You are here
CapitaLand Q4 profit almost doubles; buys UK business park for £126.7m
PROPERTY giant CapitaLand's net profit almost doubled to S$926.6 million for its fourth quarter ended Dec 31, 2019, from S$475.7 million a year ago.
The company on Wednesday also announced it has acquired a prime freehold business park in the UK for a total consideration of £126.7 million (S$222.4 million). Arlington Business Park is located in Theale, Reading and comprises 11 Grade A office buildings totalling about 367,000 square feet of net lettable area.
CapitaLand said in a filing that the 94.8 per cent rise in net profit for the quarter was mainly due to better operating performance, higher gains from asset recycling and revaluation of investment properties.
Earnings per share stood at 18.4 Singapore cents for the quarter, up from 11.4 cents a year ago.
Revenue for Q4 rose 46.3 per cent to S$2.38 billion, from S$1.62 billion a year ago, mainly due to the consolidation of Ascendas-Singbridge and Raffles City Chongqing, as well as higher contributions from Singapore and China malls and lodging properties in the US.
The company has proposed a final cash dividend of S$0.12 per share for the full year, unchanged from a year ago. The date payable and books closure date will be announced at a later date.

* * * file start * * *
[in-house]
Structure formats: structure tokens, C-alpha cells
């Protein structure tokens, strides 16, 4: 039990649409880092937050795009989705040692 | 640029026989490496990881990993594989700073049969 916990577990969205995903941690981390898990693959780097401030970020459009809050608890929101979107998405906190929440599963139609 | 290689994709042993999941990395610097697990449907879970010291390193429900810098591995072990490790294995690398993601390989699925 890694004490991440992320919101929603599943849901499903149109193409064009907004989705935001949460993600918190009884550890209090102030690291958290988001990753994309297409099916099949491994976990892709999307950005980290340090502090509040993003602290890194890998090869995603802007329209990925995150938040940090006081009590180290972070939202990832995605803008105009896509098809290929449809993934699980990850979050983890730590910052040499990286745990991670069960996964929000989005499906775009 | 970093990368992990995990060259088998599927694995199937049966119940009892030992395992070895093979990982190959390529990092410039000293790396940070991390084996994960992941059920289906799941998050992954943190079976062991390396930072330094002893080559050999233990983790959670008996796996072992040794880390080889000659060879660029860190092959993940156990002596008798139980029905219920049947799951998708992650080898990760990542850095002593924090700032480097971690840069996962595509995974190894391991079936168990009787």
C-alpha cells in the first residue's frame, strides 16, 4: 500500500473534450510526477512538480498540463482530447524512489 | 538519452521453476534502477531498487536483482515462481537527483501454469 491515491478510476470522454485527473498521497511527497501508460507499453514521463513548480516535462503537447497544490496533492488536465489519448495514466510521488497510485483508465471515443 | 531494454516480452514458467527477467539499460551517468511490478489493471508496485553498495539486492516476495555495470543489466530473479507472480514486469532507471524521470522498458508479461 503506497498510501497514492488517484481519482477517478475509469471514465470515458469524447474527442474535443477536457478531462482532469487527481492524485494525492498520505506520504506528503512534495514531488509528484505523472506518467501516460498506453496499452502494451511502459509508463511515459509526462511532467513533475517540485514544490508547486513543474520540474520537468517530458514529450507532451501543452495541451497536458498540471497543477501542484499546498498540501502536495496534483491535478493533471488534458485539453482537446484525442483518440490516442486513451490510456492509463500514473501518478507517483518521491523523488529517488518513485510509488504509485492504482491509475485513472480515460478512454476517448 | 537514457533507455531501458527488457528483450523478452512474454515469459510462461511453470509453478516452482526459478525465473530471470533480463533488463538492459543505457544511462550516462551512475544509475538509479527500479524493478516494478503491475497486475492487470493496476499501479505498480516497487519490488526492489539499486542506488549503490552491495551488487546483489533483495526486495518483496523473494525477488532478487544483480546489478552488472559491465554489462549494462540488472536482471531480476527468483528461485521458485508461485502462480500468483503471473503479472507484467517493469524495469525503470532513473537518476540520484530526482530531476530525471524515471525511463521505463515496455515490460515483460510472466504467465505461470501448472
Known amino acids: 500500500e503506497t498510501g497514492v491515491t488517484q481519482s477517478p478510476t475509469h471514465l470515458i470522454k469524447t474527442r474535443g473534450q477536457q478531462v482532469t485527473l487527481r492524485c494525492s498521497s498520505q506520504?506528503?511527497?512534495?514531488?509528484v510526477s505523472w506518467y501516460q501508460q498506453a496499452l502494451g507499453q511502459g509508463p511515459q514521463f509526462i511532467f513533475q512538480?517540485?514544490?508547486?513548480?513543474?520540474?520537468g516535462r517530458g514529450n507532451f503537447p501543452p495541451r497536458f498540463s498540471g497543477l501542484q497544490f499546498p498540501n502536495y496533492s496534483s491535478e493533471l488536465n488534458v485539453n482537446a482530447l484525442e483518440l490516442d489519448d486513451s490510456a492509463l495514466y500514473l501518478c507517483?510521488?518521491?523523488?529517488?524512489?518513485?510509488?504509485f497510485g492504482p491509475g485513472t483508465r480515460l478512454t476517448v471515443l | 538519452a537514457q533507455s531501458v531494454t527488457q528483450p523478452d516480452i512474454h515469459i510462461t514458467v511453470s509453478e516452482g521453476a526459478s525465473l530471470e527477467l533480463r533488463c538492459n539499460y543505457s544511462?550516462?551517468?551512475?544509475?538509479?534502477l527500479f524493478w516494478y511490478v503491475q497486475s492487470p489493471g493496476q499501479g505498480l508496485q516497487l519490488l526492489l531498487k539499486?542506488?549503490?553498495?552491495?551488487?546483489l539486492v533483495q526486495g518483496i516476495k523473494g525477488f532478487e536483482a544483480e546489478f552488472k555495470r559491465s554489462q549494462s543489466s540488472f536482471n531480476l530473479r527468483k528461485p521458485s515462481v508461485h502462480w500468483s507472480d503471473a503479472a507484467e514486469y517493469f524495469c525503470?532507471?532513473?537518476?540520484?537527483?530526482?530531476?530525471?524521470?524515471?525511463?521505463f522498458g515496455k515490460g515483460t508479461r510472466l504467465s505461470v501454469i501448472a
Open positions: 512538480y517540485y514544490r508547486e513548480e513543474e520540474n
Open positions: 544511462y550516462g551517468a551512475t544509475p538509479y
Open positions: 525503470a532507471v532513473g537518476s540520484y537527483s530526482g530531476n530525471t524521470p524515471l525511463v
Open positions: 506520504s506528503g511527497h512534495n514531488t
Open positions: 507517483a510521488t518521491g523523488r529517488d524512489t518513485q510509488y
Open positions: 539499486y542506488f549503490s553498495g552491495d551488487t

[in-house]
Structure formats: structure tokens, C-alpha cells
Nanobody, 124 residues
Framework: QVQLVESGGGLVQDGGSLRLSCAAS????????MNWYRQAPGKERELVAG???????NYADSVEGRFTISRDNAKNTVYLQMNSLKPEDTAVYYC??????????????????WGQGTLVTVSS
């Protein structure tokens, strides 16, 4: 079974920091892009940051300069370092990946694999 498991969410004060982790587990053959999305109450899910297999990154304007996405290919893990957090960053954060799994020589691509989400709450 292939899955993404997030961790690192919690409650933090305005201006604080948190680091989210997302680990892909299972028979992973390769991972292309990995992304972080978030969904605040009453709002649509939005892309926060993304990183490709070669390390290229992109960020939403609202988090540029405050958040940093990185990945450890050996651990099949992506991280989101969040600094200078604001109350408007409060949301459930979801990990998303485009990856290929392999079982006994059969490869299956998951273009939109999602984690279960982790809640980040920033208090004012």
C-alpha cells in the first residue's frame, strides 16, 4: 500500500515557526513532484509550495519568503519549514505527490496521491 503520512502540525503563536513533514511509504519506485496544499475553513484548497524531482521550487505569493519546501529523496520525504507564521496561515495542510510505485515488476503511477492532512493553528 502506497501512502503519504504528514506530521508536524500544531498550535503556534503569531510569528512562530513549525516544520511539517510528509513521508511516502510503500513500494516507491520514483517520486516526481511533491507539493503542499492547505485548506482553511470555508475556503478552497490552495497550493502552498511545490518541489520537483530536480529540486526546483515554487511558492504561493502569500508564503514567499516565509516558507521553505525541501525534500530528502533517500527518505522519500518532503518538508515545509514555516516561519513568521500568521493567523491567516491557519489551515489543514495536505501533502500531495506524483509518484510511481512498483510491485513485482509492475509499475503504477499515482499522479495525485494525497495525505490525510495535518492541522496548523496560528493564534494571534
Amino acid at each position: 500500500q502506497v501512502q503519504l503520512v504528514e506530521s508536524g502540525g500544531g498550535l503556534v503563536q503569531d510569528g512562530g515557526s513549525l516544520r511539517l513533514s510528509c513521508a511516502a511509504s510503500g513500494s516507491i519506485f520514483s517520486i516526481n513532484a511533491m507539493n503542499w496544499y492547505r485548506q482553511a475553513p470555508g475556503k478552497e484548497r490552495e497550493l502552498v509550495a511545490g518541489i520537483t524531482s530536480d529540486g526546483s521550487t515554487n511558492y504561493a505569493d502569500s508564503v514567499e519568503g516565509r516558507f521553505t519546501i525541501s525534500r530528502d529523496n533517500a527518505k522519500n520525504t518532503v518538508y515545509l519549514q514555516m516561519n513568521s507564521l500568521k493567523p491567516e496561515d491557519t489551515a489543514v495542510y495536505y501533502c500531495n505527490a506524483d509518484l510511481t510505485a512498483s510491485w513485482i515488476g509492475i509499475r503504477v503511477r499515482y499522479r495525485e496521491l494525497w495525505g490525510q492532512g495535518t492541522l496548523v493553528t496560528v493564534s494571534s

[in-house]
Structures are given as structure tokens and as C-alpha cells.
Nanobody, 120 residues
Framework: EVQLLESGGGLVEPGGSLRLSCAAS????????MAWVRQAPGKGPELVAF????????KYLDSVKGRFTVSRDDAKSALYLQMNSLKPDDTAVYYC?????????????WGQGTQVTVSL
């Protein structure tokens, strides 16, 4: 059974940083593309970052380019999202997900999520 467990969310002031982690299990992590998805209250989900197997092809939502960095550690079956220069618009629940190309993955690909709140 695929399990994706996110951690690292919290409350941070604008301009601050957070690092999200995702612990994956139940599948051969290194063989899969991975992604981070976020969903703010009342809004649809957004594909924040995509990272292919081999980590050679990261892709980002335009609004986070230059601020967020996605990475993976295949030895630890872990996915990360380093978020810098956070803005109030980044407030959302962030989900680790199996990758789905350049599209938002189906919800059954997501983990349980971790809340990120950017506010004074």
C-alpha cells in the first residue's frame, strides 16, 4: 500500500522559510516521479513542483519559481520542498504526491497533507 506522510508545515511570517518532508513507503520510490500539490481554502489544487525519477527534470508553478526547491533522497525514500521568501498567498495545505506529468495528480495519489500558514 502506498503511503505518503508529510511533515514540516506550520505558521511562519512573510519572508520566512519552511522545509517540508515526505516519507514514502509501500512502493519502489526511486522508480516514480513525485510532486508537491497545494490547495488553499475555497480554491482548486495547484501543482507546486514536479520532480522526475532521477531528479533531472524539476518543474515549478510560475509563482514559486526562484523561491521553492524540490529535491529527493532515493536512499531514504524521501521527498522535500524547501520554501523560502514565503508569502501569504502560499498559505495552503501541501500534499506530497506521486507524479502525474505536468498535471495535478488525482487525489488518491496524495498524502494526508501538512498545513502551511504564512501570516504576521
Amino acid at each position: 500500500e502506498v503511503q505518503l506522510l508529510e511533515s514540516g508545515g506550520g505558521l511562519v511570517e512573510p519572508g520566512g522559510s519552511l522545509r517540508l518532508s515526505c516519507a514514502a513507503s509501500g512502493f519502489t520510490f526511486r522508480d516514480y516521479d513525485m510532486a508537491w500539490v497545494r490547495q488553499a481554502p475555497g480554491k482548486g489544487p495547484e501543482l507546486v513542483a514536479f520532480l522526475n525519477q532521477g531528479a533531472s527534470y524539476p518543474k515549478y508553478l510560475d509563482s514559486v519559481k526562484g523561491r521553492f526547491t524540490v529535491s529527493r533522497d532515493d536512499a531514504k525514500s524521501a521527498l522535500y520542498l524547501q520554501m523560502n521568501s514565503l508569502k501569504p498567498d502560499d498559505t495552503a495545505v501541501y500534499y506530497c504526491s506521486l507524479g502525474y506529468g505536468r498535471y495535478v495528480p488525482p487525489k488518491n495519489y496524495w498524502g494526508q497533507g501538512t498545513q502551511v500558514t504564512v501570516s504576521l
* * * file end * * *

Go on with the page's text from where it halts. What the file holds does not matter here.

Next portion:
For the full year ended Dec 31, 2019, net profit was up 21.2 per cent to S$2.14 billion, while revenue was up 11.3 per cent to S$6.23 billion.
On outlook, CapitaLand said that the Covid-19 situation will have an adverse impact on its operations and trading results - the extent of which will depend on how long the outbreak lasts.
The group said it remains positive on the long-term fundamentals for Singapore and China. It added that its current priority is to ensure the well-being of its staff, tenants and patrons. "We will proactively manage our business and take the necessary actions to ensure that our long-term business prospects going forward remain robust," CapitaLand said.
At the Q4 results briefing, CapitaLand group chief executive Lee Chee Koon said customers are once again going shopping, with foot traffic especially in the suburban malls almost back to normal. It is about 5 per cent down from before the Covid-19 outbreak, Mr Lee noted.
On Wednesday, the group also announced a pay cut for board members and senior management, as well as a wage freeze for all staff at managerial level and above, as "a show of togetherness and solidarity" with stakeholders amid the virus outbreak.
Shares of CapitaLand closed at S$3.72 on Tuesday, up S$0.05 or 1.4 per cent.